In order to prevent further food losses, governments, development agencies and organizations like the United Nations, must work together to help change people's mindsets on waste and discourage wasteful practices by farmers, food producers, supermarkets and consumers. Better food distribution chain, more education to farmers to increase efficiency in farm practices and knowledge transfer will also be instrumental to prevent food losses.

Why is the world still hungry?

The strong interconnectivity between poverty and hunger could largely explicate why hunger is still widespread in developing nations of the world. While war, civil disturbances and political instability appear to constitute the primary cause of increased hunger in the Middle East and North Africa, they are minor factors in Sub-Saharan Africa, where the number of wars has dramatically decreased after the mayhem of the 1990s.

Heightened level of corruption in developing countries results in wide economic margin between the rich and the poor. This consequently restricts majority’s access to food or resources to make food. Most people are embattled with chronic hunger because they lack access either to land and the resources it takes to farm or a job that pays enough to allow them to purchase sufficient food to meet their own nutritional needs and those of their family members. Undoubtedly, the growth of national economy would not solve the problem of hunger under conditions of growing economic inequality. However, governments supported by civil societies can formulate ration cards system such as the nutrition program in the US through which lower class may get food at cheaper rate.

As accentuated by FAO, the quest for economic growth should be accompanied by purposeful and decisive public actions, including public policies and programs targeting the poor and ensuring the provision of public goods and services. These should be targeted towards the development of the productive sectors, equitable access to resources by the poor, empowerment of women and, design and implementation of social protection systems. Dauntingly, most of the policies geared towards poverty alleviation by governments of most developing countries and in particular Africa, are all gliding in opposite directions.

Emerging directions for achieving progress 

Though, it seems logical to agree that part of the future challenge may be to intensify agriculture and food production. However, it should be simultaneously recognized that minimizing harm to the ecological footprint and the wider environment upon which present and future generations depend, should be of paramount consideration in any intensification option. Also, there should be strict adherence to the global guidelines aimed at safeguarding the rights of local and vulnerable people in the occasion of large scale land acquisition either by the government and/or foreign investors. All global business chains should recognize zero tolerance to the phenomenon of ‘land grabbing’ as a crucial virtue for conducting business in a more ethical way.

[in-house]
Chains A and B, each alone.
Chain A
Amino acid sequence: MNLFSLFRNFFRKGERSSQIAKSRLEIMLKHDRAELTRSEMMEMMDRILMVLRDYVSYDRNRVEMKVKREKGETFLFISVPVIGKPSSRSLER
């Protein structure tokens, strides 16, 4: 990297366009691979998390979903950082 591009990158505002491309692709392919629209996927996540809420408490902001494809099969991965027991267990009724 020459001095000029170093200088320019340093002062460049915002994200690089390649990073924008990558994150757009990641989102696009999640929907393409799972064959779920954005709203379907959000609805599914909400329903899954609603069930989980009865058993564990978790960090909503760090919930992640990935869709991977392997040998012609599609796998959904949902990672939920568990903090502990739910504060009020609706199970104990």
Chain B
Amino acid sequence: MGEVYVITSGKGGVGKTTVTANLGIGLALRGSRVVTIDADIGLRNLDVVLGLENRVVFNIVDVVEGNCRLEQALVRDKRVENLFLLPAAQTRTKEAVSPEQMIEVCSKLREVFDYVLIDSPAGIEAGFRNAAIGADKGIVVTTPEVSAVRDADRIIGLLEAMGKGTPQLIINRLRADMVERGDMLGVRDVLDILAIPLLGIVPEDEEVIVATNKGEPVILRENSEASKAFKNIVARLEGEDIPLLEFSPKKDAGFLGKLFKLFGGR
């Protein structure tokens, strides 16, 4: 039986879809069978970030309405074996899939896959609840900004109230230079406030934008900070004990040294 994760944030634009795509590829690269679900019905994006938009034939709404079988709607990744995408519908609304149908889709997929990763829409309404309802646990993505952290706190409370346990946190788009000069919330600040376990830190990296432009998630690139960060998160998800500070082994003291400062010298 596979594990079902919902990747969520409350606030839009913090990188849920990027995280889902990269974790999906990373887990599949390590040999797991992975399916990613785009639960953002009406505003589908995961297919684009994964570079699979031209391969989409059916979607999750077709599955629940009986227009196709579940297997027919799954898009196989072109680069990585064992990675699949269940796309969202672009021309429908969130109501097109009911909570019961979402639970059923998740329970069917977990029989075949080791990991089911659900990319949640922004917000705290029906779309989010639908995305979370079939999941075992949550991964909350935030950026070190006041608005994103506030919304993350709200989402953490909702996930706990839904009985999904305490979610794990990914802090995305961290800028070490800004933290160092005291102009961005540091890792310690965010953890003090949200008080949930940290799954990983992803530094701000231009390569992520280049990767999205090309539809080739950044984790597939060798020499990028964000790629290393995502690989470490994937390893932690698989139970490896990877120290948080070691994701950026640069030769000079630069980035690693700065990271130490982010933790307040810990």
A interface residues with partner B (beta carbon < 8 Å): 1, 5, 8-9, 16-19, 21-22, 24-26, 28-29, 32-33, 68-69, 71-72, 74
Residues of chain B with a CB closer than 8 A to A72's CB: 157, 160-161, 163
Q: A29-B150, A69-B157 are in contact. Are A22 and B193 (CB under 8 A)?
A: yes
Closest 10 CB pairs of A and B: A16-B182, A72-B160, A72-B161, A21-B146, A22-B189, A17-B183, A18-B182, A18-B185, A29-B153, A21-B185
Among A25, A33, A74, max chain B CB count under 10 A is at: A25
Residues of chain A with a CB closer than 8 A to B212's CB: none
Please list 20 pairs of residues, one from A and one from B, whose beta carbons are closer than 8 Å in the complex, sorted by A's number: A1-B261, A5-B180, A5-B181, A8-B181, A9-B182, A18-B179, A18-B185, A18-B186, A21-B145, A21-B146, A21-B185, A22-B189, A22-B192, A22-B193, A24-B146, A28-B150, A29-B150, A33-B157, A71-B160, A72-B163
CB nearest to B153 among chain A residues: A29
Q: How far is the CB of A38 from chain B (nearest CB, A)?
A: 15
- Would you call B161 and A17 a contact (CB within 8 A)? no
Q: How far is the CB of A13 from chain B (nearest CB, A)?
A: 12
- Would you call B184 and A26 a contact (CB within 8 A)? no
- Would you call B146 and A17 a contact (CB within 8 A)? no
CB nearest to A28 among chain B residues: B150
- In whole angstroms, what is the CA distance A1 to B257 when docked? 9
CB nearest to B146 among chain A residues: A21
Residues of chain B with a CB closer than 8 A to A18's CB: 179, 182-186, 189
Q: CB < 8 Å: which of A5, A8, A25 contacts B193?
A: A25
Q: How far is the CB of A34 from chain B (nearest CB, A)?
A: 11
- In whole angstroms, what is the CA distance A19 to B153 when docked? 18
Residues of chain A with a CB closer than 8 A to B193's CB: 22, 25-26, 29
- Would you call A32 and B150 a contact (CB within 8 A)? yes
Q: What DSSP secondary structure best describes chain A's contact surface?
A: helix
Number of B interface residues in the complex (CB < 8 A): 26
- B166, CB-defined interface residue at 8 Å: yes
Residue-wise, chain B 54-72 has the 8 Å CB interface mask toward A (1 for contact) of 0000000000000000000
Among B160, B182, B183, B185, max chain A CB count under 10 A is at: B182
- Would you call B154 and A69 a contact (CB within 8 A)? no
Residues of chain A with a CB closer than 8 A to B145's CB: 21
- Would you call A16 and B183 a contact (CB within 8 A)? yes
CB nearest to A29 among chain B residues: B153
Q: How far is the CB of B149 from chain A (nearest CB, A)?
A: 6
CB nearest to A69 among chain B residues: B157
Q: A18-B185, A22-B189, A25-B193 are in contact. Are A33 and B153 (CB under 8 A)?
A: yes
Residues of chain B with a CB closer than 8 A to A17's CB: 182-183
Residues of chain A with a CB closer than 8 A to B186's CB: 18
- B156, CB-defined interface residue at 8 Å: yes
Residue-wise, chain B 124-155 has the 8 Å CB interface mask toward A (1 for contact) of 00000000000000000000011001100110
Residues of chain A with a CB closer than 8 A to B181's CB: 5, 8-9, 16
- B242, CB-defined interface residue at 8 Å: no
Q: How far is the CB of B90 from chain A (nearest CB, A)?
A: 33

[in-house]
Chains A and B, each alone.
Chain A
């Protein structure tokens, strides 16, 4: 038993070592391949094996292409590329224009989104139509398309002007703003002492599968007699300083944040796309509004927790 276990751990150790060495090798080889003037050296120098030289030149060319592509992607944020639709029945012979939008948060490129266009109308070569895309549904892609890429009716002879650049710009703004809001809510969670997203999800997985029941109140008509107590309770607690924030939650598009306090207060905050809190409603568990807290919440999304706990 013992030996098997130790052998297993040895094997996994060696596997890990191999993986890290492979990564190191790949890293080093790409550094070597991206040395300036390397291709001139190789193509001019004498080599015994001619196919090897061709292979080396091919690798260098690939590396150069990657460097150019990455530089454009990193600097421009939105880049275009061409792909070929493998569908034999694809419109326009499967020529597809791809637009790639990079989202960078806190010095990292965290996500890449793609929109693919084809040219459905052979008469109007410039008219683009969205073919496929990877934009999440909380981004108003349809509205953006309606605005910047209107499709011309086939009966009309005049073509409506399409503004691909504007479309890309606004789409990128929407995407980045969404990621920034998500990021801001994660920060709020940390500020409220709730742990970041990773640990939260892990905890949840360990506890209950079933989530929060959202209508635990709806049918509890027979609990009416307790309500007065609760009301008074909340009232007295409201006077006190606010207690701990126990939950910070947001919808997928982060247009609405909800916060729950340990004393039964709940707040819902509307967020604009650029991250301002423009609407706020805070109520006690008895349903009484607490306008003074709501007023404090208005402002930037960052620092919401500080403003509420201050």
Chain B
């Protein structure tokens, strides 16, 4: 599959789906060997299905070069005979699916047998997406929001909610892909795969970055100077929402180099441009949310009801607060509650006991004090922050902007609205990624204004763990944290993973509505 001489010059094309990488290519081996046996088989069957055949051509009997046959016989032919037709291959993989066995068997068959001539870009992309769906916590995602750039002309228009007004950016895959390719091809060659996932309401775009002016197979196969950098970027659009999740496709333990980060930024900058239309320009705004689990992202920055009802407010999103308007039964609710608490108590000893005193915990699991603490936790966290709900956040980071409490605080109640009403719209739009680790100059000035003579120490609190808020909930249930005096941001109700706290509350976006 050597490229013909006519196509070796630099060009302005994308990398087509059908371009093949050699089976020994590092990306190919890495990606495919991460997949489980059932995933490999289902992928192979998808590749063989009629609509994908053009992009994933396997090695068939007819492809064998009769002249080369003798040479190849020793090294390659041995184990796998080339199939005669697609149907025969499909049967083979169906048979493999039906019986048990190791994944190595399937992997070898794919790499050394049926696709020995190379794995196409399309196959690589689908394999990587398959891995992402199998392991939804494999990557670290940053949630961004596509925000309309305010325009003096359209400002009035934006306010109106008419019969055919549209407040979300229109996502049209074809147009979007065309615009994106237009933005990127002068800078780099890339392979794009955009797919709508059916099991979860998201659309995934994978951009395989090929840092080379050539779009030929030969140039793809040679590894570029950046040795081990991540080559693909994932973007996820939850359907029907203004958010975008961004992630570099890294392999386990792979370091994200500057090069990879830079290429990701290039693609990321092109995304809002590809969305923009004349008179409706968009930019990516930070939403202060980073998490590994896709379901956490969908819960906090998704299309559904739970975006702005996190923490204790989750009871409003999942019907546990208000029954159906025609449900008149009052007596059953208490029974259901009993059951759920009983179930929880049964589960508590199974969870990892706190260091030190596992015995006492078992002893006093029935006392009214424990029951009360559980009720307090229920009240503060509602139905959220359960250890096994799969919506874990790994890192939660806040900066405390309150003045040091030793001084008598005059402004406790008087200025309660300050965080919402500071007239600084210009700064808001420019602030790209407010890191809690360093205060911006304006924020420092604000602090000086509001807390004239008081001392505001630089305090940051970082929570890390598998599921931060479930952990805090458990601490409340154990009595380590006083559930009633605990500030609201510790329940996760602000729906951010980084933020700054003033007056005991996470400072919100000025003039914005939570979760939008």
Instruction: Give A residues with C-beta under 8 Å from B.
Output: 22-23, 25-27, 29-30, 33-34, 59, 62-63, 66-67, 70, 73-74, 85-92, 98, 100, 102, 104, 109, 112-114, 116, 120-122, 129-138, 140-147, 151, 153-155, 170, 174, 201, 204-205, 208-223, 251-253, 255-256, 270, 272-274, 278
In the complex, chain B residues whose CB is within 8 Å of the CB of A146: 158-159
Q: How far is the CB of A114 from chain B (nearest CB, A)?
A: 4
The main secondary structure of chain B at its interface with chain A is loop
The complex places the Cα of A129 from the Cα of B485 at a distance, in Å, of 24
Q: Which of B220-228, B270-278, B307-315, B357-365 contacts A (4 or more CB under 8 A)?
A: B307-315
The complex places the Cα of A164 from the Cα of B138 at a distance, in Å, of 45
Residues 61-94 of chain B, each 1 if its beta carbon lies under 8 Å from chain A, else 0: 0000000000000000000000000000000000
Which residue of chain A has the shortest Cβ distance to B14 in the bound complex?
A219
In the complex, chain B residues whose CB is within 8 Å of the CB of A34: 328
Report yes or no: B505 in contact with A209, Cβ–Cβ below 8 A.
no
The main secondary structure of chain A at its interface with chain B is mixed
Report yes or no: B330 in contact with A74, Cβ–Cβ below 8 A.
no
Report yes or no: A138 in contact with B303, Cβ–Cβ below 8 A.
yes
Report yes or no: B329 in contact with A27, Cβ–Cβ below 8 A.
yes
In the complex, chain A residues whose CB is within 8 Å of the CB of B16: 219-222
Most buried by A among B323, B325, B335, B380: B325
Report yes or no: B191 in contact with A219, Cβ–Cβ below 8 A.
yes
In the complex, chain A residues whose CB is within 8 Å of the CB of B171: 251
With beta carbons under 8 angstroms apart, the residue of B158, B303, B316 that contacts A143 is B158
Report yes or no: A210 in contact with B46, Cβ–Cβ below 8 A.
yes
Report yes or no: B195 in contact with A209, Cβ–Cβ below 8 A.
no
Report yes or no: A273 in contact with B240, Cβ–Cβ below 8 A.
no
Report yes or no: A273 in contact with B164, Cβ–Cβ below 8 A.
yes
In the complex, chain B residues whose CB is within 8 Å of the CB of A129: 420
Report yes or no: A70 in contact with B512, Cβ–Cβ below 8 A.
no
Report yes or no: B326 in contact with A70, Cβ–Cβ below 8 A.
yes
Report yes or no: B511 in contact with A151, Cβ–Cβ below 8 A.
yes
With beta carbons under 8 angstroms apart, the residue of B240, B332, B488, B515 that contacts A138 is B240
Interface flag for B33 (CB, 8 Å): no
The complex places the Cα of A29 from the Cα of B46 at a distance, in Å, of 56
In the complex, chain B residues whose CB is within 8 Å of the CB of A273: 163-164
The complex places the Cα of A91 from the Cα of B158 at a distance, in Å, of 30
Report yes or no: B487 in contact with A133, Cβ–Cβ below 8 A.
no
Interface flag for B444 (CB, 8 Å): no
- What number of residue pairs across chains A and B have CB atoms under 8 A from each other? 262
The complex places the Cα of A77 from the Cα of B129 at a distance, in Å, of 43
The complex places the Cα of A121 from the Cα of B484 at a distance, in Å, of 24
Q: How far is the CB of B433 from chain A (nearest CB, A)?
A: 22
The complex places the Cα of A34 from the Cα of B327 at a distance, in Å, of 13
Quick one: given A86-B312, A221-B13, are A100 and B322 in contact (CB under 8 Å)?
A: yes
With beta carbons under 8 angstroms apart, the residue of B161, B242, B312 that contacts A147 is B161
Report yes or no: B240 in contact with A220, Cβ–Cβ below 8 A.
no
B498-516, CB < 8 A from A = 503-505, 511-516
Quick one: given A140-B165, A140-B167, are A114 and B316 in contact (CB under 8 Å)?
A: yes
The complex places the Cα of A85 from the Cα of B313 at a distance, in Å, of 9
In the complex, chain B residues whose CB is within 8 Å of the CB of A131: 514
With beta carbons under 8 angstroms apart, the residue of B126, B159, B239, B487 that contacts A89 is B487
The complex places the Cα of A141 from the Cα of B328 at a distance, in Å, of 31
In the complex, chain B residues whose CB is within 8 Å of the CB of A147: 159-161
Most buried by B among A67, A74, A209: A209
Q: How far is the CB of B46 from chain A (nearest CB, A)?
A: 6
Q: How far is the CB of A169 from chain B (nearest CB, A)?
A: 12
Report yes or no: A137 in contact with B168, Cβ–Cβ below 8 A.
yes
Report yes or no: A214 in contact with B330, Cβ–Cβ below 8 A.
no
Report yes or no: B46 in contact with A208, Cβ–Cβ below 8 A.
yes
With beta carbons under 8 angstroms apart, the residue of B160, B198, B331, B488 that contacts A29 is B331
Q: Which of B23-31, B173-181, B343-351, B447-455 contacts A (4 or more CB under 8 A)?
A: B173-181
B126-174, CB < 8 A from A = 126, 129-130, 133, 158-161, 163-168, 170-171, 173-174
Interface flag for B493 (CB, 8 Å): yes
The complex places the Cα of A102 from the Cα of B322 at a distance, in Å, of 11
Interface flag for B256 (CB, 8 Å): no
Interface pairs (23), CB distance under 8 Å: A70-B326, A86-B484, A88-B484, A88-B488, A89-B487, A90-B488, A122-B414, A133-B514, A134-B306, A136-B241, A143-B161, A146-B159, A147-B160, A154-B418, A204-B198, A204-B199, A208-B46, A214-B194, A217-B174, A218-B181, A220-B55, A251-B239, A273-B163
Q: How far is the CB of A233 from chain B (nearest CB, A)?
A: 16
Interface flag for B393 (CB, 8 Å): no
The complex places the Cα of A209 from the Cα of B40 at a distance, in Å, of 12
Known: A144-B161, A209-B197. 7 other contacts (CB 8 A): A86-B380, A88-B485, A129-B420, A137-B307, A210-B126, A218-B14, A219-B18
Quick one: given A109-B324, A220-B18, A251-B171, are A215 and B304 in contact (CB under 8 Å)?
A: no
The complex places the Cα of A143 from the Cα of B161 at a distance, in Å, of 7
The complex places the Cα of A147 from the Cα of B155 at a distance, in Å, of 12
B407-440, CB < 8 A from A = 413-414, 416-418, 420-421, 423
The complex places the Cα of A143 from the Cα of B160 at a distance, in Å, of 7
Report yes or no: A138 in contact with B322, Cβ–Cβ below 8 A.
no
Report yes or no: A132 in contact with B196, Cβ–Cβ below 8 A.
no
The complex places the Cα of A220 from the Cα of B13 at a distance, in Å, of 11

Furthermore, policies and effective implementations encouraging research investments and efforts directed towards the development of production techniques that could adapt to the emerging effects of climate change would be most rewarding. In addition, pertinent interests in policies that will support smallholders particularly women sustainability in farming and food systems would be worthwhile in tackling the problem of low food productivity in the developing world. Issues and challenges raised by the financial and economic crisis as well as social and environmental dynamics require a consistent rethinking of the basis of economic policies and this implies an increasing need for well integrated economic expertise for the management of these policies.

Ultimately, the global hunger and food insecurity should be recognized as a multi-factorial problem that requires close collaboration and concerted efforts of all the players in the puzzle to unconventionally mediate in an attempt to provide unequivocal answers to the questions raised. It is only then, that effective and sustainable solutions necessary to alleviate this ‘super-wicked problem’ can be innovated. More importantly, it should be noted that every government should be responsible to its people and lack of sincere commitment of government of individual countries will indisputably jeopardize the efforts of all other players and hence, lead to dead ends. The fight against global hunger and food insecurity is a fight for all! 

 

*1,2Saheed Ayodeji, Salami and 3Olatunji Anthony, Akerele

1Wageningen University, Wageningen, The Netherlands;

2Institute of Biological, Environmental and Rural Sciences, Aberystwyth, United Kingdom

3University of Nottingham, United Kingdom 

 

 *E-mail: sas51@aber.ac.uk; saheed.salami@wur.nl; Telephone: +447475214987        

 

Picture credit: Puzzle, by chadou99.